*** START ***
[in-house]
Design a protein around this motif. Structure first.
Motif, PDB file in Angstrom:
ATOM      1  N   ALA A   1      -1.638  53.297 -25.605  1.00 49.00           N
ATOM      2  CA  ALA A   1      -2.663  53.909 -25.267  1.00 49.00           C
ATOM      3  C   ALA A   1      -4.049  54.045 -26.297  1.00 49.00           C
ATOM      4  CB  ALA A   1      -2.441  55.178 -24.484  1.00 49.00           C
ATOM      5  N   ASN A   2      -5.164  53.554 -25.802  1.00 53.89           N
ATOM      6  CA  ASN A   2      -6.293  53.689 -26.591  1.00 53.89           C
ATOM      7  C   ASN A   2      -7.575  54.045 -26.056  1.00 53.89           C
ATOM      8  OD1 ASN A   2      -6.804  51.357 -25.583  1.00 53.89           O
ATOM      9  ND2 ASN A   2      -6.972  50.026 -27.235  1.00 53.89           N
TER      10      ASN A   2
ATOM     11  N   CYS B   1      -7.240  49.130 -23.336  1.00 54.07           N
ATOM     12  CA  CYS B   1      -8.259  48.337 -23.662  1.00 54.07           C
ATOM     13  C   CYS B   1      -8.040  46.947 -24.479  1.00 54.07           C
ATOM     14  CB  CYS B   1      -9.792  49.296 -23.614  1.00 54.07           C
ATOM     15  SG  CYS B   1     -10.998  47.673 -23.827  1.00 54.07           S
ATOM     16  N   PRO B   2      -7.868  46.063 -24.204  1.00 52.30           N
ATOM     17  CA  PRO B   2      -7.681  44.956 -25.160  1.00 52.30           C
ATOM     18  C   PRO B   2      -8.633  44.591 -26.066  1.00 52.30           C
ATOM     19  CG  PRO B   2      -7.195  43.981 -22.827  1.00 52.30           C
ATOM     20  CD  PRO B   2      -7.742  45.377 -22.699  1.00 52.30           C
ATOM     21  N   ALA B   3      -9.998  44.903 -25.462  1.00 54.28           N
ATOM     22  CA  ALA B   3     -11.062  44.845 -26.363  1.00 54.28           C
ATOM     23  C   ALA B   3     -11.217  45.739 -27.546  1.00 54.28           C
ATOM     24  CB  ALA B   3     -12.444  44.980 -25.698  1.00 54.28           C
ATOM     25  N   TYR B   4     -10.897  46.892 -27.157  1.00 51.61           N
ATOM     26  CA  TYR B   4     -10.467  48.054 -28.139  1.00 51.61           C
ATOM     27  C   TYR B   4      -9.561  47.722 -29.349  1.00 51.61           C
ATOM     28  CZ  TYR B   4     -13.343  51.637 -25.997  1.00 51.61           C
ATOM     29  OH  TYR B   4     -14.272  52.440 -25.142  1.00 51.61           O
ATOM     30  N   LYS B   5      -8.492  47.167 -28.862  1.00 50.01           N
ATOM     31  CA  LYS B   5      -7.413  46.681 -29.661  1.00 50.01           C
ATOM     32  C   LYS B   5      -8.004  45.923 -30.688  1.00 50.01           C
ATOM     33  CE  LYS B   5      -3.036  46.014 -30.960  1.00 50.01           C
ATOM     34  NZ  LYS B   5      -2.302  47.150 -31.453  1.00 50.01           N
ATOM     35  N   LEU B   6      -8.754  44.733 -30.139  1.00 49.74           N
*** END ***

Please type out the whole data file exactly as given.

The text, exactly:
[in-house]
Design a protein around this motif. Structure first.
Motif, PDB file in Angstrom:
ATOM      1  N   ALA A   1      -1.638  53.297 -25.605  1.00 49.00           N
ATOM      2  CA  ALA A   1      -2.663  53.909 -25.267  1.00 49.00           C
ATOM      3  C   ALA A   1      -4.049  54.045 -26.297  1.00 49.00           C
ATOM      4  CB  ALA A   1      -2.441  55.178 -24.484  1.00 49.00           C
ATOM      5  N   ASN A   2      -5.164  53.554 -25.802  1.00 53.89           N
ATOM      6  CA  ASN A   2      -6.293  53.689 -26.591  1.00 53.89           C
ATOM      7  C   ASN A   2      -7.575  54.045 -26.056  1.00 53.89           C
ATOM      8  OD1 ASN A   2      -6.804  51.357 -25.583  1.00 53.89           O
ATOM      9  ND2 ASN A   2      -6.972  50.026 -27.235  1.00 53.89           N
TER      10      ASN A   2
ATOM     11  N   CYS B   1      -7.240  49.130 -23.336  1.00 54.07           N
ATOM     12  CA  CYS B   1      -8.259  48.337 -23.662  1.00 54.07           C
ATOM     13  C   CYS B   1      -8.040  46.947 -24.479  1.00 54.07           C
ATOM     14  CB  CYS B   1      -9.792  49.296 -23.614  1.00 54.07           C
ATOM     15  SG  CYS B   1     -10.998  47.673 -23.827  1.00 54.07           S
ATOM     16  N   PRO B   2      -7.868  46.063 -24.204  1.00 52.30           N
ATOM     17  CA  PRO B   2      -7.681  44.956 -25.160  1.00 52.30           C
ATOM     18  C   PRO B   2      -8.633  44.591 -26.066  1.00 52.30           C
ATOM     19  CG  PRO B   2      -7.195  43.981 -22.827  1.00 52.30           C
ATOM     20  CD  PRO B   2      -7.742  45.377 -22.699  1.00 52.30           C
ATOM     21  N   ALA B   3      -9.998  44.903 -25.462  1.00 54.28           N
ATOM     22  CA  ALA B   3     -11.062  44.845 -26.363  1.00 54.28           C
ATOM     23  C   ALA B   3     -11.217  45.739 -27.546  1.00 54.28           C
ATOM     24  CB  ALA B   3     -12.444  44.980 -25.698  1.00 54.28           C
ATOM     25  N   TYR B   4     -10.897  46.892 -27.157  1.00 51.61           N
ATOM     26  CA  TYR B   4     -10.467  48.054 -28.139  1.00 51.61           C
ATOM     27  C   TYR B   4      -9.561  47.722 -29.349  1.00 51.61           C
ATOM     28  CZ  TYR B   4     -13.343  51.637 -25.997  1.00 51.61           C
ATOM     29  OH  TYR B   4     -14.272  52.440 -25.142  1.00 51.61           O
ATOM     30  N   LYS B   5      -8.492  47.167 -28.862  1.00 50.01           N
ATOM     31  CA  LYS B   5      -7.413  46.681 -29.661  1.00 50.01           C
ATOM     32  C   LYS B   5      -8.004  45.923 -30.688  1.00 50.01           C
ATOM     33  CE  LYS B   5      -3.036  46.014 -30.960  1.00 50.01           C
ATOM     34  NZ  LYS B   5      -2.302  47.150 -31.453  1.00 50.01           N
ATOM     35  N   LEU B   6      -8.754  44.733 -30.139  1.00 49.74           N